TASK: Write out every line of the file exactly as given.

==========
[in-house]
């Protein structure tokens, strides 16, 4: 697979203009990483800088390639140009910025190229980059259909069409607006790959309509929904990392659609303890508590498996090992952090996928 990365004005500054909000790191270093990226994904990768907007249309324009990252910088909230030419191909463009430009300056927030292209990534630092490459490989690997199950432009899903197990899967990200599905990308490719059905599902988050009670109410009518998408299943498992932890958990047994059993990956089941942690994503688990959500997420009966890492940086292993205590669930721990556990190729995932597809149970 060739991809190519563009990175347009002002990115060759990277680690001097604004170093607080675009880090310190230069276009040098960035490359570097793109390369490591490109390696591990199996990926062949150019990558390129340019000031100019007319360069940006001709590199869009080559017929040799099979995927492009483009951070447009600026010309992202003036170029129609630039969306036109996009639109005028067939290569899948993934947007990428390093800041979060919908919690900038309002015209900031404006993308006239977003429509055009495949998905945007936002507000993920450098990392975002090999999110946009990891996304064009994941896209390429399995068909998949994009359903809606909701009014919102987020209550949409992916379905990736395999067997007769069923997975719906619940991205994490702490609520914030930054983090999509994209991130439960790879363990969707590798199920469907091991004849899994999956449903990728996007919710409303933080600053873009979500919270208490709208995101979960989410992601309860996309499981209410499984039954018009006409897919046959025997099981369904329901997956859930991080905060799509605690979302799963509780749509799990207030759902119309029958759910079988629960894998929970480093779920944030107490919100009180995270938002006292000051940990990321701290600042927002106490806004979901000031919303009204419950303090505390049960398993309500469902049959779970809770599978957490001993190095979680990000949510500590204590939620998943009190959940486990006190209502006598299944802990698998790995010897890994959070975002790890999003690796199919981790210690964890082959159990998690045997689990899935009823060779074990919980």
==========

[in-house]
């Protein structure tokens, strides 16, 4: 697979203009990483800088390639140009910025190229980059259909069409607006790959309509929904990392659609303890508590498996090992952090996928 990365004005500054909000790191270093990226994904990768907007249309324009990252910088909230030419191909463009430009300056927030292209990534630092490459490989690997199950432009899903197990899967990200599905990308490719059905599902988050009670109410009518998408299943498992932890958990047994059993990956089941942690994503688990959500997420009966890492940086292993205590669930721990556990190729995932597809149970 060739991809190519563009990175347009002002990115060759990277680690001097604004170093607080675009880090310190230069276009040098960035490359570097793109390369490591490109390696591990199996990926062949150019990558390129340019000031100019007319360069940006001709590199869009080559017929040799099979995927492009483009951070447009600026010309992202003036170029129609630039969306036109996009639109005028067939290569899948993934947007990428390093800041979060919908919690900038309002015209900031404006993308006239977003429509055009495949998905945007936002507000993920450098990392975002090999999110946009990891996304064009994941896209390429399995068909998949994009359903809606909701009014919102987020209550949409992916379905990736395999067997007769069923997975719906619940991205994490702490609520914030930054983090999509994209991130439960790879363990969707590798199920469907091991004849899994999956449903990728996007919710409303933080600053873009979500919270208490709208995101979960989410992601309860996309499981209410499984039954018009006409897919046959025997099981369904329901997956859930991080905060799509605690979302799963509780749509799990207030759902119309029958759910079988629960894998929970480093779920944030107490919100009180995270938002006292000051940990990321701290600042927002106490806004979901000031919303009204419950303090505390049960398993309500469902049959779970809770599978957490001993190095979680990000949510500590204590939620998943009190959940486990006190209502006598299944802990698998790995010897890994959070975002790890999003690796199919981790210690964890082959159990998690045997689990899935009823060779074990919980």